Ashley Barry, 24 Occupational Therapy Assistant at Golden Age Nursing Home
Family: Son-Camden Murphy (4) This is my first year to compete as an NPC Figure Competitor in Mississippi and Louisiana. In March 2014, I started working out while working towards my college degree. The gym was my “stress reliever.” This year, I made the decision to compete as a fitness competitor, which has been my goal for a long time. My weekly routine consists of fasted cardio in the mornings 5 days a week where I run 3-4 miles, do a HIIT circuit workout, or do mixed interval workouts. My weight training in the evening targets different muscle groups. To finish off my afternoon workout, I use evening cardio as a burnout by doing 20-30 min on the stair climber, row machine, elliptical, or treadmill. My diet consists of 6-7 meals per day. During competition prep, I eat moderate-low carbohydrates, higher protein, and moderate-low fats. My offseason diet consists of moderate-high carbohydrates (with a couple cheat meals depending on the body parts that need to grow for better symmetry) and higher protein, and moderate-low fats.
“Push through and never give up!” The most underrated exercise is the hip thrust. People seem to shy away from it due to the awkward appearance of the movement, but this is one of the best exercises to target glutes and enhance performance for deadlifts and squats. The body part that gets neglected is the hamstrings. Squats, deadlifts, and lunges hit them indirectly but not enough. An imbalance in lower extremity muscle groups, such as big quads and weak hamstrings, can cause an unequal pull on the joint, which could result in a knee injury. My favorite workout move is squats. It’s a full body workout that builds overall strength and decreases the risk of injury when using proper body mechanics. The thing that keeps me motivated is the added accountability of a figure competition. You perform better when you know that other people hold you to a higher standard. My advice for beginners is: DO NOT be afraid to ask questions. Simply knowing how to use equipment correctly can go a long way in improving your confidence in the gym. Make the gym a habit in order to see positive changes in your mind and body. Some days the last thing you want to do is hit the gym, but these days are the most important. The biggest challenge I had to face after deciding to compete is learning that diet and exercise are 100% a mental battle. Food is definitely my biggest weakness, and discipline with a diet has never been a priority for me until I had a competition holding me accountable.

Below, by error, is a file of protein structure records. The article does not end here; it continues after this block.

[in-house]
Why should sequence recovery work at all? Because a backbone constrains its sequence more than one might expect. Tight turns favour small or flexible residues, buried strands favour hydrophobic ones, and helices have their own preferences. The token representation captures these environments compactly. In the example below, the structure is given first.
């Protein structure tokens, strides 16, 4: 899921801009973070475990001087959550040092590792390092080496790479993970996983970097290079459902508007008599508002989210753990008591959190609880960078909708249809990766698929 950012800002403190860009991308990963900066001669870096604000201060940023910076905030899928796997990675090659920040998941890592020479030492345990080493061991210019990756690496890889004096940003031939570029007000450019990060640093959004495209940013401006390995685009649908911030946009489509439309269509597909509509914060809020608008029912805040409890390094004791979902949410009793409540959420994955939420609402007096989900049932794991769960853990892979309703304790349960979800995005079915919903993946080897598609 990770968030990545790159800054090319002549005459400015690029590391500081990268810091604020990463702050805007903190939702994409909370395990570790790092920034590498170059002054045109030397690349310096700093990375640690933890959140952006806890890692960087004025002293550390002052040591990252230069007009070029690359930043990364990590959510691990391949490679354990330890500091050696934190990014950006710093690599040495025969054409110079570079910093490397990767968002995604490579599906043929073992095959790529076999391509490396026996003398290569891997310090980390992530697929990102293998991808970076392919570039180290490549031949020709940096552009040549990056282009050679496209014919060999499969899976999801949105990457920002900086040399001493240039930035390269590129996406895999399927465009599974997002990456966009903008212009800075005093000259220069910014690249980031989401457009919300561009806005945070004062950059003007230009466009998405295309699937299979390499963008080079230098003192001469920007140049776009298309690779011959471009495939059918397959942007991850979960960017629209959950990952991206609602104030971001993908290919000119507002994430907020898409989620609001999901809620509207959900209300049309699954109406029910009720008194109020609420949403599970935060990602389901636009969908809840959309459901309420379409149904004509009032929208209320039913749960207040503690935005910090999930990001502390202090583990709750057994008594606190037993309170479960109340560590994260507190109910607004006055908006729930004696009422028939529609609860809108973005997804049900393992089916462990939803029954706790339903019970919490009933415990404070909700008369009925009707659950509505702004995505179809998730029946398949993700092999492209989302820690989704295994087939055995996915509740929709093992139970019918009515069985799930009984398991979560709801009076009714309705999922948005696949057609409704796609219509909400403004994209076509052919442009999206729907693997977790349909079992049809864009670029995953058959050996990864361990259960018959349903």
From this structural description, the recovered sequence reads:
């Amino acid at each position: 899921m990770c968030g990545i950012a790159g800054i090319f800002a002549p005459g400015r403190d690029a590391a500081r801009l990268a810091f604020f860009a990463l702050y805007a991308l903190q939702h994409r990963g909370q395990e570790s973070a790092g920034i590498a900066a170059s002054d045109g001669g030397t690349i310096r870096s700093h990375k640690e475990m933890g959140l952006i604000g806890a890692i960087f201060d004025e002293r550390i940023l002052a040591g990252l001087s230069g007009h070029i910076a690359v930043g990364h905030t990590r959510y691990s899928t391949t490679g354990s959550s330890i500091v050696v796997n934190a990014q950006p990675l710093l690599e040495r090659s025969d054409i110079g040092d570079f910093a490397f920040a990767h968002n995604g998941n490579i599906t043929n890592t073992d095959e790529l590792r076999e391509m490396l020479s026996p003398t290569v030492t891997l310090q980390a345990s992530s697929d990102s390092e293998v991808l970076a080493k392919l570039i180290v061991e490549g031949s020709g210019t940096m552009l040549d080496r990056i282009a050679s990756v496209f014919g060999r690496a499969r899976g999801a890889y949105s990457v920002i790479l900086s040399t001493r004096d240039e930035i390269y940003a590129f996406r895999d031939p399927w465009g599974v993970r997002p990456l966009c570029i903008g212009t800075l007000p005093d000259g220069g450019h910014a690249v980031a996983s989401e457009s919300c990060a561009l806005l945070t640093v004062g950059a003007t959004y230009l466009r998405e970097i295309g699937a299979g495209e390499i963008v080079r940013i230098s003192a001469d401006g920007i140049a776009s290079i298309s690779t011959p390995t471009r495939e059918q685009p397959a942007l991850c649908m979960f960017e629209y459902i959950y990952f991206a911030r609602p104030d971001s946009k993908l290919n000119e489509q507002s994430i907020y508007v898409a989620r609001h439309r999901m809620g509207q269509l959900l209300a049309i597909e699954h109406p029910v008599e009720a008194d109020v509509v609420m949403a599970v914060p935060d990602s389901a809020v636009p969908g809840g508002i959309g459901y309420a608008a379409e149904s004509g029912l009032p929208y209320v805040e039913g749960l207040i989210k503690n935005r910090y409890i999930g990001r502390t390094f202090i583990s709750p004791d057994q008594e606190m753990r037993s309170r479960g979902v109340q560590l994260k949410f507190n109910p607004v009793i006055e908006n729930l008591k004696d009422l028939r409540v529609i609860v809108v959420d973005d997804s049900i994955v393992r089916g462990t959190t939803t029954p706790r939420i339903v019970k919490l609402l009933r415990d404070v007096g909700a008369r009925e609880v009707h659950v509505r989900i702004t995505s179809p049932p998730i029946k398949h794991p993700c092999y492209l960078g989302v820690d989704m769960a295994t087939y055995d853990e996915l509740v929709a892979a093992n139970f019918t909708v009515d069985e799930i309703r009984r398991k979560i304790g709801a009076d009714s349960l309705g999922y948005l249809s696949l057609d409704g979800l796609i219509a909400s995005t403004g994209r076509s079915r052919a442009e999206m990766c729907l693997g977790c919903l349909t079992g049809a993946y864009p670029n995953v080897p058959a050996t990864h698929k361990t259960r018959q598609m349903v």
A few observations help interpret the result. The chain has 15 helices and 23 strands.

The food I craved during my competition prep was peanut butter and Oreos!
Compiled by Amy Goode Photo by Tindall Stephens